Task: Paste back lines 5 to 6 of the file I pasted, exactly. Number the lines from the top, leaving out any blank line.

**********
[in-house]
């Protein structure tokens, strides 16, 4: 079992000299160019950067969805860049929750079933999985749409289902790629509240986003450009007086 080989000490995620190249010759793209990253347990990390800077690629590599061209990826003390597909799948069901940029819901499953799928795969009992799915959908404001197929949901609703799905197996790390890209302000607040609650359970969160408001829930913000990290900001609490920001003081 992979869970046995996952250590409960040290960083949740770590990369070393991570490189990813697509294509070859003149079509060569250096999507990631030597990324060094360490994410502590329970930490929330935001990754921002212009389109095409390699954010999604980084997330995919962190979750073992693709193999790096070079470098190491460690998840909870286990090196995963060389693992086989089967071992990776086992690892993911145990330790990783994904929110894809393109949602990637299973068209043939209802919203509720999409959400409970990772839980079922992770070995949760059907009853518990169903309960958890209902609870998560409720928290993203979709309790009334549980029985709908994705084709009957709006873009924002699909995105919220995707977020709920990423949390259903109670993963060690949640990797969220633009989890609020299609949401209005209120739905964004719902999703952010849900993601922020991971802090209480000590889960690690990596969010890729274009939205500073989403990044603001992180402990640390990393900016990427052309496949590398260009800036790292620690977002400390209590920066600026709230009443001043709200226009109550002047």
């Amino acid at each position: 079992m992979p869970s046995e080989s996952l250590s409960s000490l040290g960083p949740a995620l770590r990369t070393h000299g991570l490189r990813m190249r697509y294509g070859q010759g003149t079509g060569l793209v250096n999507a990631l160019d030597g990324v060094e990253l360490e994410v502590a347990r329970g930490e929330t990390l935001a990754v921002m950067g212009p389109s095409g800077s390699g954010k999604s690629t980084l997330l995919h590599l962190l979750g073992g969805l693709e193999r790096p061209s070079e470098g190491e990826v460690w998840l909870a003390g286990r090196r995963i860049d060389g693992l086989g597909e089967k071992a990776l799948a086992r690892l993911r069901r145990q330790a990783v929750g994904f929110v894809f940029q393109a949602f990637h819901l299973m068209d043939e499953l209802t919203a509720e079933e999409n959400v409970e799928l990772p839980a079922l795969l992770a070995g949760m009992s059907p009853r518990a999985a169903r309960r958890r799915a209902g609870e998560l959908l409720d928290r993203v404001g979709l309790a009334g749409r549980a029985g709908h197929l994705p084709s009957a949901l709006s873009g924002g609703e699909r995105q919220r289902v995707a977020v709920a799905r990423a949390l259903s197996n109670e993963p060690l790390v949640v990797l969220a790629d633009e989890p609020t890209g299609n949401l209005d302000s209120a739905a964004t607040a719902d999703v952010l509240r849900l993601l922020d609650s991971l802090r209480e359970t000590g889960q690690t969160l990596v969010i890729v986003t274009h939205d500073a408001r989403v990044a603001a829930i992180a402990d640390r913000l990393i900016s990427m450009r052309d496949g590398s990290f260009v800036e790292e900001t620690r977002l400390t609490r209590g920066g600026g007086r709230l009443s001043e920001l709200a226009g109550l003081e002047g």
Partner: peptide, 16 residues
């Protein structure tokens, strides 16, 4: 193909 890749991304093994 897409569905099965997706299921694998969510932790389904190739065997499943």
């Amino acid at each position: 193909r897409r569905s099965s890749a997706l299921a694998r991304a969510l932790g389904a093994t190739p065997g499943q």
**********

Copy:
């Protein structure tokens, strides 16, 4: 193909 890749991304093994 897409569905099965997706299921694998969510932790389904190739065997499943």
């Amino acid at each position: 193909r897409r569905s099965s890749a997706l299921a694998r991304a969510l932790g389904a093994t190739p065997g499943q």